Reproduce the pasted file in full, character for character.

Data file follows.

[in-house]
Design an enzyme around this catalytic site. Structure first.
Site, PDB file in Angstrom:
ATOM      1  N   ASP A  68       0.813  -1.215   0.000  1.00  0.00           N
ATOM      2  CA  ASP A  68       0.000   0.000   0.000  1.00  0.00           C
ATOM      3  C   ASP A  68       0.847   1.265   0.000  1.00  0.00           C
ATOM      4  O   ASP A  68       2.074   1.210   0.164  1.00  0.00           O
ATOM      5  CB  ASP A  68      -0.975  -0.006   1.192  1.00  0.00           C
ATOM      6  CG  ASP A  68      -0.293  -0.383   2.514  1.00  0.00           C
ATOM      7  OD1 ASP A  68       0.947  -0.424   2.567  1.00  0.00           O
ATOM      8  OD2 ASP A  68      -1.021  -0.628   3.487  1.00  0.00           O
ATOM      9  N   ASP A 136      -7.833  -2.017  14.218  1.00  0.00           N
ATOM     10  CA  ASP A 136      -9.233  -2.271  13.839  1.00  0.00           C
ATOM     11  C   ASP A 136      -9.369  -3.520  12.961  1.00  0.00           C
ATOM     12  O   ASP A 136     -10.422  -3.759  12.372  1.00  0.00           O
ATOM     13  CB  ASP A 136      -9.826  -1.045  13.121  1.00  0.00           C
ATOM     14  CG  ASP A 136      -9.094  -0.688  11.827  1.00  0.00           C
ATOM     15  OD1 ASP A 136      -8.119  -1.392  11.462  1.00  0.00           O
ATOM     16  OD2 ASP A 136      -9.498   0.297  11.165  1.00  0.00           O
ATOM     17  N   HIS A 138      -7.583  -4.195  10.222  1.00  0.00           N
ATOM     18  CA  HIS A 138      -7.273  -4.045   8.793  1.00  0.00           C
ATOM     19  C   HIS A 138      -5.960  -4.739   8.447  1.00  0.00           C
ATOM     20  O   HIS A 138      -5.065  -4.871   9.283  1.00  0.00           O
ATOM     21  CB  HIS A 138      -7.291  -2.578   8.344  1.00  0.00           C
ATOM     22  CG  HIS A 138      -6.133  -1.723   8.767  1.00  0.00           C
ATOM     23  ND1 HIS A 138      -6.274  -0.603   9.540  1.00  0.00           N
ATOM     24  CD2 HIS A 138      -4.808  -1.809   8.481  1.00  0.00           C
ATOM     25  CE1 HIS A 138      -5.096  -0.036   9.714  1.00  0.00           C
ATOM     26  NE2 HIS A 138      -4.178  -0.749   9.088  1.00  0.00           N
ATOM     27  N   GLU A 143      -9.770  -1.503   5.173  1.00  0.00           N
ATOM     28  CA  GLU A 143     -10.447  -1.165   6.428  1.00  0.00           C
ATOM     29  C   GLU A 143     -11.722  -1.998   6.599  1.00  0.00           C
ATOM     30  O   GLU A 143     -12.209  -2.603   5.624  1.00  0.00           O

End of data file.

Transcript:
[in-house]
Design an enzyme around this catalytic site. Structure first.
Site, PDB file in Angstrom:
ATOM      1  N   ASP A  68       0.813  -1.215   0.000  1.00  0.00           N
ATOM      2  CA  ASP A  68       0.000   0.000   0.000  1.00  0.00           C
ATOM      3  C   ASP A  68       0.847   1.265   0.000  1.00  0.00           C
ATOM      4  O   ASP A  68       2.074   1.210   0.164  1.00  0.00           O
ATOM      5  CB  ASP A  68      -0.975  -0.006   1.192  1.00  0.00           C
ATOM      6  CG  ASP A  68      -0.293  -0.383   2.514  1.00  0.00           C
ATOM      7  OD1 ASP A  68       0.947  -0.424   2.567  1.00  0.00           O
ATOM      8  OD2 ASP A  68      -1.021  -0.628   3.487  1.00  0.00           O
ATOM      9  N   ASP A 136      -7.833  -2.017  14.218  1.00  0.00           N
ATOM     10  CA  ASP A 136      -9.233  -2.271  13.839  1.00  0.00           C
ATOM     11  C   ASP A 136      -9.369  -3.520  12.961  1.00  0.00           C
ATOM     12  O   ASP A 136     -10.422  -3.759  12.372  1.00  0.00           O
ATOM     13  CB  ASP A 136      -9.826  -1.045  13.121  1.00  0.00           C
ATOM     14  CG  ASP A 136      -9.094  -0.688  11.827  1.00  0.00           C
ATOM     15  OD1 ASP A 136      -8.119  -1.392  11.462  1.00  0.00           O
ATOM     16  OD2 ASP A 136      -9.498   0.297  11.165  1.00  0.00           O
ATOM     17  N   HIS A 138      -7.583  -4.195  10.222  1.00  0.00           N
ATOM     18  CA  HIS A 138      -7.273  -4.045   8.793  1.00  0.00           C
ATOM     19  C   HIS A 138      -5.960  -4.739   8.447  1.00  0.00           C
ATOM     20  O   HIS A 138      -5.065  -4.871   9.283  1.00  0.00           O
ATOM     21  CB  HIS A 138      -7.291  -2.578   8.344  1.00  0.00           C
ATOM     22  CG  HIS A 138      -6.133  -1.723   8.767  1.00  0.00           C
ATOM     23  ND1 HIS A 138      -6.274  -0.603   9.540  1.00  0.00           N
ATOM     24  CD2 HIS A 138      -4.808  -1.809   8.481  1.00  0.00           C
ATOM     25  CE1 HIS A 138      -5.096  -0.036   9.714  1.00  0.00           C
ATOM     26  NE2 HIS A 138      -4.178  -0.749   9.088  1.00  0.00           N
ATOM     27  N   GLU A 143      -9.770  -1.503   5.173  1.00  0.00           N
ATOM     28  CA  GLU A 143     -10.447  -1.165   6.428  1.00  0.00           C
ATOM     29  C   GLU A 143     -11.722  -1.998   6.599  1.00  0.00           C
ATOM     30  O   GLU A 143     -12.209  -2.603   5.624  1.00  0.00           O